Yes, but most likely no.
Yes, a corporate brand can be an influencer on social media. But there are many limitations, necessary and otherwise, that keep that from being a possibility. And though they are surmountable, I would argue most corporations aren’t willing to go there for the reasons I will outline below.
First, let’s define “influencer” (skip this part if you think you already know)
Size. They have a social following whose size is significant relative to their area of influence. So someone in fashion, for example, would need a following in the tens of thousands, minimum, to qualify. But someone who reviews software development tools could be an influencer if they only have a few thousand followers.
Speed. They publish regularly and quickly. They write or film, edit or produce, and promote their content. What they make is original or in reaction to something external, like a controversy, new product, world events, or follower questions. The content has the influencer’s distinct style.
Corporate marketing typically isn’t set up to produce content for quick turnaround because it is built for scale, not speed
Effectiveness. The content is appealing and so it gets reactions and spawns discussions. That means likes, comments, or shares but also content from others built in reaction. This factor, more than any other, is what determines the significance of an influencer — the size of their social audience is only a way to filter out the signal from the noise.
Finally, and to businesses this is the most critical factor, the best influencers drive conversions. Views, sales, downloads.
Why brands have trouble being influencers
Friction…or possibly fear…is what keeps brands from being influencers. To elaborate, in no particular order:
- Legal concerns. When you have to get your content approved by a legal team, you lose two critical elements of influence: Speed and effectiveness. Not having speed means you can’t participate in current events (these are measured in a span of hours, not days) which limits the reach of your content. Not having effectiveness means you can’t take a position or share an opinion because it may get you in hot water somehow…this makes your content less appealing.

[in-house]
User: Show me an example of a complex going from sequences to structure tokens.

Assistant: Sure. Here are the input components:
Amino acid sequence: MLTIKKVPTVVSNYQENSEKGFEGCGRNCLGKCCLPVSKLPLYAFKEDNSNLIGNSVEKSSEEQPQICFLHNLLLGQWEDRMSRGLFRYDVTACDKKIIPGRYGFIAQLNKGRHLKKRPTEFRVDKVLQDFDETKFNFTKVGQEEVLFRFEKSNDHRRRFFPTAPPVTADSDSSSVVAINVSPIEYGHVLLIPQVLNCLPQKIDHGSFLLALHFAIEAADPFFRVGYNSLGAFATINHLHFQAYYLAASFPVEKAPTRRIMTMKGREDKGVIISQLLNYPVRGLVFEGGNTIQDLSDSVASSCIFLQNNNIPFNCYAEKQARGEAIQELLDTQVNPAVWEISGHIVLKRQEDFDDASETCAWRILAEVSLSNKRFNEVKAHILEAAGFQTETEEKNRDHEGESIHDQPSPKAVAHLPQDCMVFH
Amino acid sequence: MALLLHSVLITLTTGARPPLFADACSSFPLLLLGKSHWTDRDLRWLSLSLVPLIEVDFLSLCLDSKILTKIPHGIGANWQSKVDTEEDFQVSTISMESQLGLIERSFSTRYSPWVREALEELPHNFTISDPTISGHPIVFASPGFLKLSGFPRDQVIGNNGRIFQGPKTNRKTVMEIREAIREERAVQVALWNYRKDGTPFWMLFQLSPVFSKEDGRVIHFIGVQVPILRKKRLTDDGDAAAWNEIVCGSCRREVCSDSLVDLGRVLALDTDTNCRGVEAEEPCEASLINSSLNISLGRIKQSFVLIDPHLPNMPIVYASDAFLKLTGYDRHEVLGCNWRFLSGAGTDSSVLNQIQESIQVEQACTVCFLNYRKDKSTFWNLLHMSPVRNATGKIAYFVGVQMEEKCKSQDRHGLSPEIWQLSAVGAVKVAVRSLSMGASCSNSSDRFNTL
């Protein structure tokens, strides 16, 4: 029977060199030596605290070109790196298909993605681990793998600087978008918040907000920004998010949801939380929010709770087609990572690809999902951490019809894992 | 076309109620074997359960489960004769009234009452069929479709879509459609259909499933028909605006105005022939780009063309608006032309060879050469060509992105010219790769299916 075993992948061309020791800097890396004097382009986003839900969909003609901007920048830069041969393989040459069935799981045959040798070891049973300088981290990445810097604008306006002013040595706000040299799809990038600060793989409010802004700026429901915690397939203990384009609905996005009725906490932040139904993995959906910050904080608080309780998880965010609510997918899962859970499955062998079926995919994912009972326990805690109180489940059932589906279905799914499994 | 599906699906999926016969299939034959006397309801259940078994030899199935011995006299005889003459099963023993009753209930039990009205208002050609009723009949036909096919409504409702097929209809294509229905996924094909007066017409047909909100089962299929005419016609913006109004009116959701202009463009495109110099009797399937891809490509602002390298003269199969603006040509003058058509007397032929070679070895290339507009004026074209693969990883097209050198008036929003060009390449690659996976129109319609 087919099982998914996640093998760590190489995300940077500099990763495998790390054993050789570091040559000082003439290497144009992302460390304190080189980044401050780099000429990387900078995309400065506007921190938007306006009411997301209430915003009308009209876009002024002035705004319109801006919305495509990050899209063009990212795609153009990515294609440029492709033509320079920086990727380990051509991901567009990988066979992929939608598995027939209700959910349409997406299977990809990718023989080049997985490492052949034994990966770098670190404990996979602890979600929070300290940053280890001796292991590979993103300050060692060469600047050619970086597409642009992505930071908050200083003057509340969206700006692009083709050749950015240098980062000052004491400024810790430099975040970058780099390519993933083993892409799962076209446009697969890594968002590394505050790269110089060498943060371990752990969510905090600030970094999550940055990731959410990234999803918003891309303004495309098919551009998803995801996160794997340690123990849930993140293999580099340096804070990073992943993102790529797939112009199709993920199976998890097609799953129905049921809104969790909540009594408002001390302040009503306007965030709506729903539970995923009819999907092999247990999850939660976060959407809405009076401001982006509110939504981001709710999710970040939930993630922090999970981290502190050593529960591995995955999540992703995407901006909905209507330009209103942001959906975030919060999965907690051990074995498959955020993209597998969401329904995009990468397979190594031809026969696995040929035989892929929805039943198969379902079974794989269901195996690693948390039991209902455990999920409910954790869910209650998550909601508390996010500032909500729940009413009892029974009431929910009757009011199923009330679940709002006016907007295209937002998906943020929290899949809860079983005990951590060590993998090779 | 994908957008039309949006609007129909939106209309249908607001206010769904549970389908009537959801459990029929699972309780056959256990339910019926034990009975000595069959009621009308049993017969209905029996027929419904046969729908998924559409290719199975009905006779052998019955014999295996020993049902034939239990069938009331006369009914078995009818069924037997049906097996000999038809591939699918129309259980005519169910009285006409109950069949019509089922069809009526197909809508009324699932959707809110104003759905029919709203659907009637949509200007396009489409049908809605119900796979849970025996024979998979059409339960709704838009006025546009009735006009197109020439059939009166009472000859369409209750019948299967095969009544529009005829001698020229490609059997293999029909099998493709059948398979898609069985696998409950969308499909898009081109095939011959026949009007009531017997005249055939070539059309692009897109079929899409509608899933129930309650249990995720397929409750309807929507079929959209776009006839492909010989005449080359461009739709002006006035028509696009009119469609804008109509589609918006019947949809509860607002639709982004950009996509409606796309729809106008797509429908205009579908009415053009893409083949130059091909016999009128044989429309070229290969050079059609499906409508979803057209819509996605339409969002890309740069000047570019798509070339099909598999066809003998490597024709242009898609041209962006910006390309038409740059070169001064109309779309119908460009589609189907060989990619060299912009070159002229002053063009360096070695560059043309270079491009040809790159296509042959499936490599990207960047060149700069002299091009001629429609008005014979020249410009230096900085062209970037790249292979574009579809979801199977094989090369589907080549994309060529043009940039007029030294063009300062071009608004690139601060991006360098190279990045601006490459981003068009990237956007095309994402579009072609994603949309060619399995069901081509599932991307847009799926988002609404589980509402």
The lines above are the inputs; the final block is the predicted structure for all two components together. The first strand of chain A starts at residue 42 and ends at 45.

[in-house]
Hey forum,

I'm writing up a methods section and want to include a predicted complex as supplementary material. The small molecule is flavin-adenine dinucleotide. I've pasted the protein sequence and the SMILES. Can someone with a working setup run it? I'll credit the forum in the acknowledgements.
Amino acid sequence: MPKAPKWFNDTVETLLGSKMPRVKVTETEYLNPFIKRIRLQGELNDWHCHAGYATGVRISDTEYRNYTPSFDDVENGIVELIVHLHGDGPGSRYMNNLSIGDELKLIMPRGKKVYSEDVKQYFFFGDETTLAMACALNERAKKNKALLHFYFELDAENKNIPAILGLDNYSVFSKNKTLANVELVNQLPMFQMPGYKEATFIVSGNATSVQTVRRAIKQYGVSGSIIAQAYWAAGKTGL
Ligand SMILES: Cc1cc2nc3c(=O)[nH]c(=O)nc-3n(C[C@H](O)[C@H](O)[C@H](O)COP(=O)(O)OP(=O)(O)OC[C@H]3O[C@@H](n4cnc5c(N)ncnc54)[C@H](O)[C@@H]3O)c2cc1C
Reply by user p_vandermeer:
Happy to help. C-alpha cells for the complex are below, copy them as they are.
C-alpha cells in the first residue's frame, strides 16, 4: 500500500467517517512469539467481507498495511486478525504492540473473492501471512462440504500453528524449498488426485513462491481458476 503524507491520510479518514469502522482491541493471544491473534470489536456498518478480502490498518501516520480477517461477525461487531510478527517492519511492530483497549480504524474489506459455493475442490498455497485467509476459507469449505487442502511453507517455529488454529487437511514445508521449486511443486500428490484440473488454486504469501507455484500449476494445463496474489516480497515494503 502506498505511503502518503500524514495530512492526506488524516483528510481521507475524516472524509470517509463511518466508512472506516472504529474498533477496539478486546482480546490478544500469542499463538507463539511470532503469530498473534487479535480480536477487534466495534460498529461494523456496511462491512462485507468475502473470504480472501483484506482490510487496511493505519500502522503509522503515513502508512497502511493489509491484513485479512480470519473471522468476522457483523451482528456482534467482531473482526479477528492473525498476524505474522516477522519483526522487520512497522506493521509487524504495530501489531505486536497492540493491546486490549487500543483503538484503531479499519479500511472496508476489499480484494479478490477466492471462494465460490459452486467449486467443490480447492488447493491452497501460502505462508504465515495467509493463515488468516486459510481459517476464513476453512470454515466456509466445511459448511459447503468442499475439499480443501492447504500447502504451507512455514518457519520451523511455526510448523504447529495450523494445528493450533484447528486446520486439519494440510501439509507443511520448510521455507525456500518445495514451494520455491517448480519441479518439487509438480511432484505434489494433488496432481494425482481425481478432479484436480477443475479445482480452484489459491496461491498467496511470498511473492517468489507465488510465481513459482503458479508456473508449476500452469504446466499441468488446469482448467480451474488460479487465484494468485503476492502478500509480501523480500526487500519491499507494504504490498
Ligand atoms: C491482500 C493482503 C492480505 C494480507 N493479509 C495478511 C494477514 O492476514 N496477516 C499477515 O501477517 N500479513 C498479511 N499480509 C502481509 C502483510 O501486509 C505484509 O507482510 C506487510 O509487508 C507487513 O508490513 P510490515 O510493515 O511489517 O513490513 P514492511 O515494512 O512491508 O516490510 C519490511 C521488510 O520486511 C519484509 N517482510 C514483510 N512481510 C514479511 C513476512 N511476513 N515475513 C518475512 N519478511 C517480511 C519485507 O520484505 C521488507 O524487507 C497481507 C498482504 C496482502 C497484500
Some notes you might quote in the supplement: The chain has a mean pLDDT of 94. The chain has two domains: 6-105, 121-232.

- Brand concerns. If your corporate brand voice is X and your audience is Y, you have a fundamental disconnect. An influencer’s followers admire them. Identify with them. They crave their opinions. If your corporate voice is the equivalent of a staid banker and your audience is young urban professionals…well, good luck getting their attention with your conservative language, grandpa.
- Workflow challenges. Corporate marketing typically isn’t set up to produce content for quick turnaround because it is built for scale, not speed. That means you’ve got an assembly line with writers writing, designers designing, promoters promoting…at every step of the process a mind needs to consider the best approach and get to work. This takes time. Influencers have a single vision and can execute quickly in comparison.
The formula for how brands can be influencers
Here are my five commandments for how to structure a marketing team to become a social success story:
- There will be a small, close-knit team of multi-talented (copy, design, video, production, promotion, metrics) people with a unified vision or goal able to turn around content in a matter of hours.
- The team will have no gatekeepers or editors to publishing but themselves.
- This team will be intimately aware from a legal and branding standpoint of what they are and are not allowed to say publicly.
- The brand must ensure their brand voice is aligned with their target audience. If not, the team of content creators should have leeway to form a complementary, but distinct and appealing, voice of their own.
- The team will be so focused on tracking and capitalizing on trends that they must be all but dedicated to the task. This means other teams will have to produce social content for announcements or events.
So, brand social accounts can be influencers if they are backed by a dedicated team who have a specific goal, are intimately aware of their boundaries but have leeway to push them, have no roadblocks to publishing, and build content their audience craves.
It’s easier said than done, as I’m sure many of you can attest. What do you think? Are my commandments flawed? Is your experience different? Let me know in the comments.